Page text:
JAKARTA-- The United Nations World Food Programme (WFP) is marking today’s National Nutrition Day of Indonesia by highlighting its partnership with the Government in the fight against under-nutrition.
WFP - Investing In Indonesia's Future By Fighting Under- Nutrition
27 January 2012
Marking 2012 National Nutrition Day of Indonesia, WFP in Indonesia is highlighting its partnership with the Government in the fight against under-nutrition.
“WFP is committed to Indonesia’s vision of food security for all – working with the government to reduce under-nutrition is one of our three core strategies,” said WFP Indonesia Country Director, Coco Ushiyama. “Proper nutrition is at the heart of all progress, contributing to the development of healthier, stronger and brighter citizens. It has an integral role in poverty reduction and sustainable economic development achievements. WFP is in Indonesia to work with all partners and leave the best of all possible legacies for the generations to come.”
While significant progress has been made in reducing the prevalence of underweight children in Indonesia, studies show that stunting in particular remains a challenge, especially among the youngest. The prevalence of chronic malnourishment (or stunting) among children nationwide was ranked ‘high’at 35 per cent by the Ministry of Health in 2010. Provinces such as Nusa TenggaraTimur (58 percent) and Papua (48 percent) registered a ‘very high’ prevalence of chronic malnourishment.
“Stunting leads to higher childhood mortality, lower cognitive development, and reduced economic productivity in adulthood. Recent studies have also shown that stunted children have an increased risk of obesity, diabetes and chronic vascular diseases later in life. Prevention of stunting therefore also needs to be incorporated into the national strategy in preventing non-communicable diseases (NCDs)” said Martin Bloem, Chief of Nutrition Policy Division for WFP Headquarters in Rome during his presentation on a Global Perspective to food and nutrition for the early age in Jakarta last week.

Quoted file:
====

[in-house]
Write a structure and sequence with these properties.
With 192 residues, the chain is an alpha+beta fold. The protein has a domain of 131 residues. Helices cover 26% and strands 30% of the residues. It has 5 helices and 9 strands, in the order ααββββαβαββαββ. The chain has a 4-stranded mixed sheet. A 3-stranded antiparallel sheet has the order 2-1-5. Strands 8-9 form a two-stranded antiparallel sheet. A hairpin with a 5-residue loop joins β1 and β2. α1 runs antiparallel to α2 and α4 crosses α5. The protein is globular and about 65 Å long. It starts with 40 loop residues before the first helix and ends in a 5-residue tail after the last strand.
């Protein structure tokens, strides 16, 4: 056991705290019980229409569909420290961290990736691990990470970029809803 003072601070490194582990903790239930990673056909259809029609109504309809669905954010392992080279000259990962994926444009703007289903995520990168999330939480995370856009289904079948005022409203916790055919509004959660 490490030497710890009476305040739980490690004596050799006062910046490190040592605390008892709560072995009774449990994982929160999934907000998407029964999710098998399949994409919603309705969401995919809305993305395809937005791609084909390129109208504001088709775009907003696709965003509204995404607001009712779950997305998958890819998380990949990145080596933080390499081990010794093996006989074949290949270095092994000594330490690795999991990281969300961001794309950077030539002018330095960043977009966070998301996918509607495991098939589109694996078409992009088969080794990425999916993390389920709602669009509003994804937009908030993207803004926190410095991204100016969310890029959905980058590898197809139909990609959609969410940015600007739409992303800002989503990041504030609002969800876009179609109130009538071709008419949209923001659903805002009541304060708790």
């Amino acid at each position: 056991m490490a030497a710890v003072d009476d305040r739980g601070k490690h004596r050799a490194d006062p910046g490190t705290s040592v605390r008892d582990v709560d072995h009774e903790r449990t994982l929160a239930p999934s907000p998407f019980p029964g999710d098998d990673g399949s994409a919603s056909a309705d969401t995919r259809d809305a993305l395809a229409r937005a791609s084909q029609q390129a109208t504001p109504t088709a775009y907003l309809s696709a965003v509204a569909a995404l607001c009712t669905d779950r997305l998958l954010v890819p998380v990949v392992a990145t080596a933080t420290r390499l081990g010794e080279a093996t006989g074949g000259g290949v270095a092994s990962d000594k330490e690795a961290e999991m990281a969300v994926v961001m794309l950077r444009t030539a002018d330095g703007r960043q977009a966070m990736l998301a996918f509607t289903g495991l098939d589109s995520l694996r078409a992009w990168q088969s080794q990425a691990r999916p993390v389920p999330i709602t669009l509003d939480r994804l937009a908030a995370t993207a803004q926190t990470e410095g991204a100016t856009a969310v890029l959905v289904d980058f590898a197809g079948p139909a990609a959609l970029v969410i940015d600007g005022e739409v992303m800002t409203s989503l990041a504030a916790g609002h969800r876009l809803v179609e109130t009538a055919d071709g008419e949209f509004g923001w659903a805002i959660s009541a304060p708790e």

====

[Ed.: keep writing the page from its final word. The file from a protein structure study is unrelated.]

WFP’s nutrition policy focuses on delivering the right food, at the right time, in the right place and has a particular focus on the first 1,000 days of life – from the womb to two years of age – a critical window of opportunity where a poor diet can mean irreparable losses to physical and intellectual development.
WFP is working closely with the Indonesian government and the private sector on sustainable solutions to under-nutrition in the country, including the best ways to encourage dietary diversification and enhance and scale up access to nutritious foods through government social safety nets and the market.
As part of efforts to share best practices, WFP last week joined government officials, academic experts and other key stakeholders at a Seminar on Food and Nutrition Security organized by the Food and Nutrition Community in Indonesia (PERGIZI PANGAN) with the theme, “Food and Nutrition for a Healthy, Bright and Strong Generation towards an EminentIndonesia”(Pangan dan Gizi Mewujudkan Generasi Sehat,Cerdas, dan Kuat Menuju Indonesia Prima).
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